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6 Ben Cobb, editor

Hailed by The New York Times as 'wonderfully sleazy', Ben Cobb – the editor of biannual style title Another Man – is the embodiment of sexed up Seventies style. With a wardrobe chockablock full with wide lapel double-breasted jackets, jewel-toned flared trousers and open necked silk shirts with slick spread collars, Cobb has a look all his own – and it's not one you see very often. "Louche is the word most often used by people to describe my style." Says Cobb. "I suppose it is. My look is heavily rooted in the 1970s – unbuttoned shirts, jewelry, tailoring, flared trousers and always with a well-heeled boot. For me, that decade is still the chicest moment in masculine style."

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7 Benjamin Clementine, singer

From busking barefoot on the streets of Paris to brightening up the Burberry catwalk with his soulful voice, Mercury prize-winning musician, artist and poet Benjamin Clementine is a true Renaissance man with a unique style all his own. Having once said he would prefer to perform totally naked, Clementine often swaps shirts for a bare chest under a suit. In winter Clementine cuts a fine silhouette in long structured coats teamed with dark roll necks. The finished look treads an elegant line between sharpness and ease.

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8 Bill Nighy, actor

Once, talking to Mr. Porter, Bill Nighy described his perfect navy suit – the outfit that is very much his adopted uniform. "Very simple, lightweight, two-piece, two-button," he said. "And it'd be single vent, two buttons on the sleeve, not a particularly wide lapel, not particularly styled, not a waisted jacket. It would have a single pleat, relatively narrow trousers, which you'd wear reasonably short, so they hit the shoe correctly". Thus the actor summed up perfectly why he is Britain's best-dressed thespian: simple but precise, understated but elegant, and always, always fit for the occasion.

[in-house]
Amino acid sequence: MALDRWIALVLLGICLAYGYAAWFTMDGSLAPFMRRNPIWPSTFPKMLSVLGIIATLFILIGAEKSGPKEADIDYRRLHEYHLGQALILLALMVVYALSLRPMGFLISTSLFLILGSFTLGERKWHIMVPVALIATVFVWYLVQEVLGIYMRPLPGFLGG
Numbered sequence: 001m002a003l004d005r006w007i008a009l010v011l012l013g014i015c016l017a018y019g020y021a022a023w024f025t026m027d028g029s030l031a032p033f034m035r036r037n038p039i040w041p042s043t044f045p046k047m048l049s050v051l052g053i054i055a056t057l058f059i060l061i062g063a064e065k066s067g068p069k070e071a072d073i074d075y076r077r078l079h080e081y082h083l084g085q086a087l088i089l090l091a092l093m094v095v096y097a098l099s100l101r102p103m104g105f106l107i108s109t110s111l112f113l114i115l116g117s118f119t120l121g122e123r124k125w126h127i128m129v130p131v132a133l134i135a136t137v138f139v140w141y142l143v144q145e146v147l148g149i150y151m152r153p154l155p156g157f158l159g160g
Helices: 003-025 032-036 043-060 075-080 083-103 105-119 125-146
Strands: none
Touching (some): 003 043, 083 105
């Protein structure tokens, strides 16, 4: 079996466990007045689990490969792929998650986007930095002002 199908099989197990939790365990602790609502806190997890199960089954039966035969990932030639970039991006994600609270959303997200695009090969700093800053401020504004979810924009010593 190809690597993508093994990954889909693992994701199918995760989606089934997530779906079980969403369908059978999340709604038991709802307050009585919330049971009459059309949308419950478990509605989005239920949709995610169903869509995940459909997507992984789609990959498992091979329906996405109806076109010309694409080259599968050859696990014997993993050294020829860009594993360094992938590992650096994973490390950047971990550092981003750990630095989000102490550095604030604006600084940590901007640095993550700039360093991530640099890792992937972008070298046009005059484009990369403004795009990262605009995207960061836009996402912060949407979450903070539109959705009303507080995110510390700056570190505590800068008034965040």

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9 Brunello Cucinelli, fashion designer

Founded 37 years ago, Brunello Cucinelli's eponymous company – which is based in Solemeo, a hilltop village in Umbria– produces some of the most beautiful menswear known to, well, man. Advocating comfort, softness and an easy approach to the Italian concept of sprezzatura, Cucinelli is the embodiment of his brand. Most often found wearing a navy cashmere blazer, a swiftly knotted tie with a button down Oxford and a pair of perfectly tapered charcoal trousers (which probably cost the same as a second hand car).

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10 Bryan Ferry, musician

A man with that most enviable of sartorial abilities – to make any outfit, not matter how formal or flamboyant, look raffish and unaffected - the Roxy Music front man embodies Hardy Amies' maxim that a man should "look as if he has bought his clothes with intelligence, put them on with care and then forgotten all about them". Whether it's a battered approach to black tie, somehow making tennis whites seem rock and roll or turning up at Buckingham Palace in a tailcoat and matching black and grey striped trews, he's a man to whom only one fashion rule seems to apply: be the best-dressed in any room, without seeming to try.